However, despite the success of the friendly societies, Duncan was not convinced that their rules and regulations, were appropriate. Earlier institutions had been charitable in status. “Dr Duncan had the insight…to see that if the institution was to be of a permanent character it must pay its way.”

The Ruthwell was the first savings bank established on commercial principles. In May 1810 Henry Duncan duly opened the Ruthwell Savings Bank in the Friendly Society’s rooms.

Chronologically first but superseded by a simpler model

The claim that the Ruthwell Bank was the first savings bank was heavily challenged at the time, particularly by the Edinburgh Savings Bank which engaged in “One of the wordiest warfares in the history of savings banks”.

Although the Ruthwell claim was chronologically correct, the Edinburgh contention was that its model, dating from 1814, was simpler, and that most subsequent savings banks followed the Edinburgh and not the Ruthwell structure.

The Ruthwell constitution was, indeed, not one which would have stood the test of time. It was so democratic that its AGM could overrule any management decision; failure to attend the AGM incurred a sixpence fine.

Every depositor was required to lodge four shillings a year subject to a penalty of one shilling; there were also restrictions on withdrawals.

There is no evidence that the Ruthwell Savings Bank achieved much commercial success. The 1835 Scotland Act followed the English “Rose’s Act” enabling the Scottish savings banks to deposit funds with the British Government which led to a reorganisation of many of the leading banks.

However, the Ruthwell Savings Bank that did not register under that Act and also in 1835 the Bank’s deposits peaked at a very modest £3,326.

The Rev. Henry Duncan died in 1846 and subsequently the establishment of savings banks in Dumfries and Annan reduced the need for a bank at Ruthwell and the number of customers dwindled.

In 1875 the remaining 29 accounts, with deposits of just over £590, were transferred to Annan Savings Bank and the Ruthwell Savings Bank was wound up.

History preserved

The small, single story white washed stone museum used by the Rev. Duncan for the Ruthwell Parish Savings Bank was preserved as a savings bank museum in memory of the work of the Rev. Duncan and the museum is located in the very room in which he conducted the Bank’s business every week and the displays include original ledgers, a collection of money boxes and banking artefacts from around the world.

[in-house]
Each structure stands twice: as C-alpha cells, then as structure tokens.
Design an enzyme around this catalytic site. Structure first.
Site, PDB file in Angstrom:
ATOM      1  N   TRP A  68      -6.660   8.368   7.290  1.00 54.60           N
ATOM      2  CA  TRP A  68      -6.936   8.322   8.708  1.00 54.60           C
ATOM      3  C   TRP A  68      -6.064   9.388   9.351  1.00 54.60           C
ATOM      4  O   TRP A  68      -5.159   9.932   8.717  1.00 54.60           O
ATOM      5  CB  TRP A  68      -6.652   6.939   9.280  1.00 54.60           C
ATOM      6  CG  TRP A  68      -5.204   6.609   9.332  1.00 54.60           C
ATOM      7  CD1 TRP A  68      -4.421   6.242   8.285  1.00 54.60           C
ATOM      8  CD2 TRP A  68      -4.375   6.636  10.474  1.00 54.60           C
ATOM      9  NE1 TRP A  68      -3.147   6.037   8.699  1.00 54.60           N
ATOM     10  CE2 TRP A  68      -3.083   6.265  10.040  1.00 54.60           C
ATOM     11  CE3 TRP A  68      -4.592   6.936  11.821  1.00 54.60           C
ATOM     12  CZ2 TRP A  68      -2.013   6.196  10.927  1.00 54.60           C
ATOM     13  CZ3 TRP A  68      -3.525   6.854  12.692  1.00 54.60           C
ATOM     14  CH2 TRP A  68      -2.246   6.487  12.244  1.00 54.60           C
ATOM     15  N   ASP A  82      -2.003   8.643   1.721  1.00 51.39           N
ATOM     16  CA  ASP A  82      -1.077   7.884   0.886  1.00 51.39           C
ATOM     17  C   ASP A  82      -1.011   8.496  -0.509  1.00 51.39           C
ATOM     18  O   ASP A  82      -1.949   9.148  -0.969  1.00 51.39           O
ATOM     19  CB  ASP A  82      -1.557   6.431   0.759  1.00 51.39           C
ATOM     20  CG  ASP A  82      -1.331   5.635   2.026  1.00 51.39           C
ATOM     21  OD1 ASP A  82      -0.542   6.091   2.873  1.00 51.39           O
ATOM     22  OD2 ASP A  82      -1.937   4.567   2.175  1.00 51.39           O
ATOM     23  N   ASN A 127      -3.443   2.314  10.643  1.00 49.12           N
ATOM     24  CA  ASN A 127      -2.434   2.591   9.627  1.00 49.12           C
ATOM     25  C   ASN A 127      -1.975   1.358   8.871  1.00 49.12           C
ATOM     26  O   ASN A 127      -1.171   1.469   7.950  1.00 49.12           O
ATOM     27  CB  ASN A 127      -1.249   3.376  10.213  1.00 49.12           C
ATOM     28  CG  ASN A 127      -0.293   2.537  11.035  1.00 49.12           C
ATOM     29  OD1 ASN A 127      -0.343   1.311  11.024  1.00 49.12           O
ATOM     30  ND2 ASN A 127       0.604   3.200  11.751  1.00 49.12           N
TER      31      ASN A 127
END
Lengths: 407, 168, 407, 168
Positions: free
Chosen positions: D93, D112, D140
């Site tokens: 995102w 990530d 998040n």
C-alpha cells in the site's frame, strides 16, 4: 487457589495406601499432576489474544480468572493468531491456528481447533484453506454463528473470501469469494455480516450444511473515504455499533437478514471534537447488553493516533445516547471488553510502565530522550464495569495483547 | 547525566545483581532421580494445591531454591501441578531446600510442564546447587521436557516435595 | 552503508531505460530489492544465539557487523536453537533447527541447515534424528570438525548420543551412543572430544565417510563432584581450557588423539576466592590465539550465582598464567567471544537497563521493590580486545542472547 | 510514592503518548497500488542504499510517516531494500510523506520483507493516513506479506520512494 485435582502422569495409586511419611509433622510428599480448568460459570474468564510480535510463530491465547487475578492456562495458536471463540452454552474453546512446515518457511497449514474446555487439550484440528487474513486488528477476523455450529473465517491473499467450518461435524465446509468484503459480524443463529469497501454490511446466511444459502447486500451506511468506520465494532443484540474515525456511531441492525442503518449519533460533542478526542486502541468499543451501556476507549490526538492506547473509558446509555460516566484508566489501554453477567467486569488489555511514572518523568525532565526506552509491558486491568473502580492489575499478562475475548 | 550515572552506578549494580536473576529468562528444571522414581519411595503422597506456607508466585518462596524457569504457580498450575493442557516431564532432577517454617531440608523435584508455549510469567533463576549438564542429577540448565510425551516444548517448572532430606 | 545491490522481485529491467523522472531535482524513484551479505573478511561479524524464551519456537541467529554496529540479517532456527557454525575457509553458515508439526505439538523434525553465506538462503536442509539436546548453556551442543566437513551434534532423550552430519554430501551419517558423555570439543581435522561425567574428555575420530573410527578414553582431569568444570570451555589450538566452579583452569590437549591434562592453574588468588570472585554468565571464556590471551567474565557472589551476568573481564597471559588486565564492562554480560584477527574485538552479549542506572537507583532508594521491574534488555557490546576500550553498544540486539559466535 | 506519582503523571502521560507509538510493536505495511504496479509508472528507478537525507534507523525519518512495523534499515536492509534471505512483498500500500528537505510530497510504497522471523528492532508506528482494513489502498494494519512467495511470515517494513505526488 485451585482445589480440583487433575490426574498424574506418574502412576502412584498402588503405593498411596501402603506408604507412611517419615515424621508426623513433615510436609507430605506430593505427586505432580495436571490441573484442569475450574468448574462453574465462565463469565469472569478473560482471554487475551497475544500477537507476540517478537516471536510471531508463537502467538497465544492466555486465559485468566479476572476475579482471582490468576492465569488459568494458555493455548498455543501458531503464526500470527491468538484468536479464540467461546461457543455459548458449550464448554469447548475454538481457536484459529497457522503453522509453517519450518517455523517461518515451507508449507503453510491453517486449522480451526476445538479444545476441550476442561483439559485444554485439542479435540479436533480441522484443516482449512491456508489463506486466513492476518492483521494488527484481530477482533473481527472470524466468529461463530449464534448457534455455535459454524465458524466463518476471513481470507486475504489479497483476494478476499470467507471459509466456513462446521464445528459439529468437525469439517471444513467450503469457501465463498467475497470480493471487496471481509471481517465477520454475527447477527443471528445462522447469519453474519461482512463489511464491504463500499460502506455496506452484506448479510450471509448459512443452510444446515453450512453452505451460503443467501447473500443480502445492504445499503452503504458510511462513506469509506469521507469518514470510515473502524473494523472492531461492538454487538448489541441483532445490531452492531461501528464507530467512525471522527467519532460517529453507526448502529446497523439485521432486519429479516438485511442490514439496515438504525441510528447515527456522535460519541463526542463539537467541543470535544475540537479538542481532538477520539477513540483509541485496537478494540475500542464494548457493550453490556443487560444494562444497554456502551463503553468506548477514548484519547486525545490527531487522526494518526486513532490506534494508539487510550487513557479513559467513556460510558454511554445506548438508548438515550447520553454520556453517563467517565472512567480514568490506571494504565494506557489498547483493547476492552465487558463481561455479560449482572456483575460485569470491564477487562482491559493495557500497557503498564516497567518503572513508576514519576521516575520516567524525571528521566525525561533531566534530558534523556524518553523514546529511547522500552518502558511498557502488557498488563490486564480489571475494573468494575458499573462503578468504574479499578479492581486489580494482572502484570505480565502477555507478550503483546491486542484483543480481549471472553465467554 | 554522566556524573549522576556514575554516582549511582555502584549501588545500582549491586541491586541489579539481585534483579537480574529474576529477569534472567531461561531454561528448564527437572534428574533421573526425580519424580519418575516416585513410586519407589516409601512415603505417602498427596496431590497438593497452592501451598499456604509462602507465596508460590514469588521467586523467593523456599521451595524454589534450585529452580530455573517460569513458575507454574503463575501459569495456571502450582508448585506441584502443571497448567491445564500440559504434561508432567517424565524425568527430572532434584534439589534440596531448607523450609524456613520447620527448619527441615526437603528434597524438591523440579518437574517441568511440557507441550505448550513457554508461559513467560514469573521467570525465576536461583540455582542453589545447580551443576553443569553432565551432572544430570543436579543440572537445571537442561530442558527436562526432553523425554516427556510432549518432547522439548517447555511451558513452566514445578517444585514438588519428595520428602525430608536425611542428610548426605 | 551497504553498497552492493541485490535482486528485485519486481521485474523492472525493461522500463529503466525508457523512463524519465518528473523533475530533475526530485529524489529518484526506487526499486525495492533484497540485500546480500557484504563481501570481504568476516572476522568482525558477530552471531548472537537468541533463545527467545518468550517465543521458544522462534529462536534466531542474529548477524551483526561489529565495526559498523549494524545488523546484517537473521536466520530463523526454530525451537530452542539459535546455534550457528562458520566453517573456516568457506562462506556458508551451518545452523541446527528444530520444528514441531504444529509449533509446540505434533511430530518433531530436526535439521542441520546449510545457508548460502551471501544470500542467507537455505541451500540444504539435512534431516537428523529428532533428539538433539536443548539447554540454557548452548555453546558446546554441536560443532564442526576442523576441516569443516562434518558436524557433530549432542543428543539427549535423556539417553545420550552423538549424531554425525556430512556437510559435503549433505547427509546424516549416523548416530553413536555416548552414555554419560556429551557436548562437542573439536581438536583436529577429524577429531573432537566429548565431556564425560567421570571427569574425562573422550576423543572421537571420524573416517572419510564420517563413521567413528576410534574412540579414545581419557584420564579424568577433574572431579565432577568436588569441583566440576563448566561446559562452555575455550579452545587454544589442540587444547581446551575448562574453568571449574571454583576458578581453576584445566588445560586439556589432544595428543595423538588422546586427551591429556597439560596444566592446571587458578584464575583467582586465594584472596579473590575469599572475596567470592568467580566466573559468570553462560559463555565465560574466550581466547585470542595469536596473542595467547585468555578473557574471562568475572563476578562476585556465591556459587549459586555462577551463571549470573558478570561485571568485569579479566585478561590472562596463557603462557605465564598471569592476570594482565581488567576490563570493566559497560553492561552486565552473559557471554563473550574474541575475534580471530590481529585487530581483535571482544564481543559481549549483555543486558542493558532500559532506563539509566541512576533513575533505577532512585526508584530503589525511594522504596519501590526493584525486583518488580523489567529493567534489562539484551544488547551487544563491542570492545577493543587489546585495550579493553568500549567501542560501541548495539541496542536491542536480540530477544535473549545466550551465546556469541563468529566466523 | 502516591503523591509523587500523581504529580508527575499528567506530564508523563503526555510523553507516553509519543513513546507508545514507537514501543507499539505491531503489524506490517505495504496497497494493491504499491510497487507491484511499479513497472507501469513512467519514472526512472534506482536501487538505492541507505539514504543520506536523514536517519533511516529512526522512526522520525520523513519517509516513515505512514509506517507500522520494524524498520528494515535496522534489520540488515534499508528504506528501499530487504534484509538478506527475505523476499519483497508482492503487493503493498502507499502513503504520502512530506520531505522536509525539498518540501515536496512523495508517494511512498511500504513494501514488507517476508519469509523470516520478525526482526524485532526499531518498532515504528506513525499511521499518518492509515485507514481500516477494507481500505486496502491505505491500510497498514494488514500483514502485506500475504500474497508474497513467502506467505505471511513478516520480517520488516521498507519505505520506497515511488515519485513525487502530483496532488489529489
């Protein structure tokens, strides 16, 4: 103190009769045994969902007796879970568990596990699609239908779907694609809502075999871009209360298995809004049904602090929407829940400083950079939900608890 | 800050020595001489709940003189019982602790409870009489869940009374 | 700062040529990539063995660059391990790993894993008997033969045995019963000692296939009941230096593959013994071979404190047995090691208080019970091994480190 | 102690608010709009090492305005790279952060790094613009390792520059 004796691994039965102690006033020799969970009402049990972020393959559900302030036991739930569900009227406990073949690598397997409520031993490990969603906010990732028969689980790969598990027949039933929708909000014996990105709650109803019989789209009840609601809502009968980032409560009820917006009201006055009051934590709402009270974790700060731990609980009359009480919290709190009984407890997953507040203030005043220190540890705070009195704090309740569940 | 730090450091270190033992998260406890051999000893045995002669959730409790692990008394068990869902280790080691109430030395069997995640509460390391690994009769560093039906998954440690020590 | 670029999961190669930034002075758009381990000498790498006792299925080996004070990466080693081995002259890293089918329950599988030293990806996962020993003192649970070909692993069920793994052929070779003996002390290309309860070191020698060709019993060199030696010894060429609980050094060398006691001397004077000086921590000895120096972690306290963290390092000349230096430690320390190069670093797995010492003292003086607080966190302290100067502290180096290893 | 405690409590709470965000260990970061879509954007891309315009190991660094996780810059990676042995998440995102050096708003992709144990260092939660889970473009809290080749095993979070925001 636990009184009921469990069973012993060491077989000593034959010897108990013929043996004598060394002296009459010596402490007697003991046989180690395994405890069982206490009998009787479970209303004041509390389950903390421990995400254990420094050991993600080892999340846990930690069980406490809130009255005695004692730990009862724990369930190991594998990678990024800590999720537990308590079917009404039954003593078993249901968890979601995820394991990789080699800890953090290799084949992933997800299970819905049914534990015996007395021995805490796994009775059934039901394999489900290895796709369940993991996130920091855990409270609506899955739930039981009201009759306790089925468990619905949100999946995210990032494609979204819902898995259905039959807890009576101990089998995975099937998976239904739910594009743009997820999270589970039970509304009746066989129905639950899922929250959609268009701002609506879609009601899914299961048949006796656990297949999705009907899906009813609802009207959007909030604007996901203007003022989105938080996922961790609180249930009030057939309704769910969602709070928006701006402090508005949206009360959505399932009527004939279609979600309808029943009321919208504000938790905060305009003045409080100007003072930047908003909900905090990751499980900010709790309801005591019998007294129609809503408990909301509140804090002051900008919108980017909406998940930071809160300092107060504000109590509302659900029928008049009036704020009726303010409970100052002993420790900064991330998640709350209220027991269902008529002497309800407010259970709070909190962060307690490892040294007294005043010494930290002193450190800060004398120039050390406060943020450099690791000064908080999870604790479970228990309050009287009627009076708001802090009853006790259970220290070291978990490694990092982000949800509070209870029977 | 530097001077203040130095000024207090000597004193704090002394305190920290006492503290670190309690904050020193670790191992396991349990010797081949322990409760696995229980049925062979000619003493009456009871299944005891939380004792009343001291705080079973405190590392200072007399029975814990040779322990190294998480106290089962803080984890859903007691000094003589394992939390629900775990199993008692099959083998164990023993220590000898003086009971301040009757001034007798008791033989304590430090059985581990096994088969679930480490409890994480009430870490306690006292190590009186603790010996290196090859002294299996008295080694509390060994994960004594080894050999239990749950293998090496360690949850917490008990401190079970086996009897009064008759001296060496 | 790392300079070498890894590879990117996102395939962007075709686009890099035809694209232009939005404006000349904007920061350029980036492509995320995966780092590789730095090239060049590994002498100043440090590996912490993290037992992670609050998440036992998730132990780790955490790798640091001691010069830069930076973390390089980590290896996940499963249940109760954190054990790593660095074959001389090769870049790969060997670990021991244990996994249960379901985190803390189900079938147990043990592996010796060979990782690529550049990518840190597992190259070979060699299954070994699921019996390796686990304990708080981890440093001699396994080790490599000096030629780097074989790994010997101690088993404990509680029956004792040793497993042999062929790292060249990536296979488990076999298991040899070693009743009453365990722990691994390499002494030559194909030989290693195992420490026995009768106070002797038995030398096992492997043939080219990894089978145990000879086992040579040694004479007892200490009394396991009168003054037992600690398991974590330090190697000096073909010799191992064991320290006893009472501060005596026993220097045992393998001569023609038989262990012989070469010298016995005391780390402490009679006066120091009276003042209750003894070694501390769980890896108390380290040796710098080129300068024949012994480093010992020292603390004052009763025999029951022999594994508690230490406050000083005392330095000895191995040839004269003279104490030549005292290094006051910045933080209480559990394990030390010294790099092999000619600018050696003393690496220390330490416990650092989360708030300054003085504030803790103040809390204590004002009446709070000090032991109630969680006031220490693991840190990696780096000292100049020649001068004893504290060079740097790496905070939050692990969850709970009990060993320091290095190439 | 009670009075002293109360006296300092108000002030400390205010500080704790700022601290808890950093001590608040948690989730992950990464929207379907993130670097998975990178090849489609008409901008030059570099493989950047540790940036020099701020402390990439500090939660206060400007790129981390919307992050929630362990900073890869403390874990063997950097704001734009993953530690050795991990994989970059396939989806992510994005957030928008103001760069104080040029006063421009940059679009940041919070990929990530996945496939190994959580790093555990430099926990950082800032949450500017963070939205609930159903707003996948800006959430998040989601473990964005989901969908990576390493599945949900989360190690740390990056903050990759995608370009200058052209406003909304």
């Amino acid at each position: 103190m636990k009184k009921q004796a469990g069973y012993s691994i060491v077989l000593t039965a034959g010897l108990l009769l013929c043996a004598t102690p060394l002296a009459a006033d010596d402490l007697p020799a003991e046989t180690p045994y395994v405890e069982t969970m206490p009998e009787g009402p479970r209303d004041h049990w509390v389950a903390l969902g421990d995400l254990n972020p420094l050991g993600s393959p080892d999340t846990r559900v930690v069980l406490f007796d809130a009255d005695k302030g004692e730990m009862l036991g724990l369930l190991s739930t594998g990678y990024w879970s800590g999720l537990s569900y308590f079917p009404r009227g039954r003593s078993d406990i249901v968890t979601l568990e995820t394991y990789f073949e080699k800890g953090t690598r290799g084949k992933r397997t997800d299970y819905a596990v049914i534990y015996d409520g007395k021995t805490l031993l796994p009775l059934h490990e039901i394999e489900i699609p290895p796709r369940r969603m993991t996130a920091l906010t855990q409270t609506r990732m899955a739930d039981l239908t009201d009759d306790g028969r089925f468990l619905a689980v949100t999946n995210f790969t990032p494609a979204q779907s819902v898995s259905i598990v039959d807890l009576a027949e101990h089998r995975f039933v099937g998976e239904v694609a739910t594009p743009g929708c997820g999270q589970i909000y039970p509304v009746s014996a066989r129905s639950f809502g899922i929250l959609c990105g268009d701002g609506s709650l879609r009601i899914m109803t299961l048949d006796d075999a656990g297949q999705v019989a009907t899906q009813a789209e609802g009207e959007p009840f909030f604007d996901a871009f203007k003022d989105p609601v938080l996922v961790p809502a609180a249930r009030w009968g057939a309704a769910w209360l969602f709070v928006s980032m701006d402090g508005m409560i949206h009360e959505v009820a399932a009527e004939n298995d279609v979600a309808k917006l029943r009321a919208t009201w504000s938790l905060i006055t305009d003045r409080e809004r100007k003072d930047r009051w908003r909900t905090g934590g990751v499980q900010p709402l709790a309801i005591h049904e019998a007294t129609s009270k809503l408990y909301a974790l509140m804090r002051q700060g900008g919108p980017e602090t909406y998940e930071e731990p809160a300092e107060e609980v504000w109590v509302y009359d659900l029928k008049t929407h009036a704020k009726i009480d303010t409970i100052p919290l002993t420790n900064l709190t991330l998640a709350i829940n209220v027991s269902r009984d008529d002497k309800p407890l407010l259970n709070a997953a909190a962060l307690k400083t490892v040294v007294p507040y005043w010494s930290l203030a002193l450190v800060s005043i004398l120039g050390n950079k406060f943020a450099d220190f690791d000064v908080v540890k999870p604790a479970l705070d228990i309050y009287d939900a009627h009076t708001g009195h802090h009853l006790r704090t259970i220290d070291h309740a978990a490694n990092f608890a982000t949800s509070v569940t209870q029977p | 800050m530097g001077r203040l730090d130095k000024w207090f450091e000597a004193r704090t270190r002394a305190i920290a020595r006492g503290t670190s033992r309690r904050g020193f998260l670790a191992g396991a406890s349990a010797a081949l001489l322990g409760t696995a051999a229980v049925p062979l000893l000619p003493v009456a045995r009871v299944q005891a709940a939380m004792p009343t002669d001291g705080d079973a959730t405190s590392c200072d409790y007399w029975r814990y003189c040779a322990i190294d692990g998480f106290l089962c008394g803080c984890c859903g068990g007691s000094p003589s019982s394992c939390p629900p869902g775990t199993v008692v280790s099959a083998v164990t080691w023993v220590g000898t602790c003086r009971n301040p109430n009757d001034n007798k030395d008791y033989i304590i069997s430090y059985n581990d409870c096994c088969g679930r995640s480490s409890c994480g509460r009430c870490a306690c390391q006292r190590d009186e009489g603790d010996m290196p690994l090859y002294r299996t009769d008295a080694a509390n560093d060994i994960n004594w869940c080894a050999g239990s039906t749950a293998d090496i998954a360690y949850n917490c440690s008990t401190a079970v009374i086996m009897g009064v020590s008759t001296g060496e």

In 2021 the TSB revealed plans to permanently close the museum at the site of the world’s first savings bank and transfer its contents to Edinburgh. The TSB said its plan was to take the contents to its head quarters (Henry Duncan House!) which would allow more people to see them.

The museum in Ruthwell was closed last year because of lockdown and TSB is creating a new exhibition in our Edinburgh head office, Henry Duncan House. The Henry Duncan story is a proud part of TSB’s history, and by having these items on display in our head office in central Edinburgh we believe more people and colleagues will be able hear and learn about his significant contribution to Scotland. 

TSB spokesperson.

By the end of 2021 it was reported that the TSB had agreed in principle to transfer the building and its contents to Comlongon Estate Limited, which is owned by David Thomson, a Dumfries-born professor, and his wife Teresa Church, a scientist and businesswoman. The couple had recently purchased Comlongon Castle at neighbouring Clarencefield, Dumfries.

The new owners pledged “significant investment to improve, consolidate and expand the visitor experience at the museum”. The agreement in principle was praised by community campaigners who advocated for the museum, calling it “a significant step forward in safeguarding the museum’s long-term future in Ruthwell”.

Although there has been little news on the future of the Savings Bank Museum since the end of 2021  discussion seemed to have progressed and today (18 August 2023) the BBC reported that the museum is set to reopen in 2024 following major restoration work.

David Thomson and Teresa Church said that the museum is one of the most important historical sites in Dumfries and Galloway and have promised to restore the museum ‘sympathetically and appropriately’ and to ensure that they ‘capture the spirit of the fantastic achievements of Henry Duncan, with his many hats, not just as a minister but as a real man of the people, who worked hard to help  them in any way he could”.

I’m looking forward to my trip inside the Savings Bank Museum in 2024!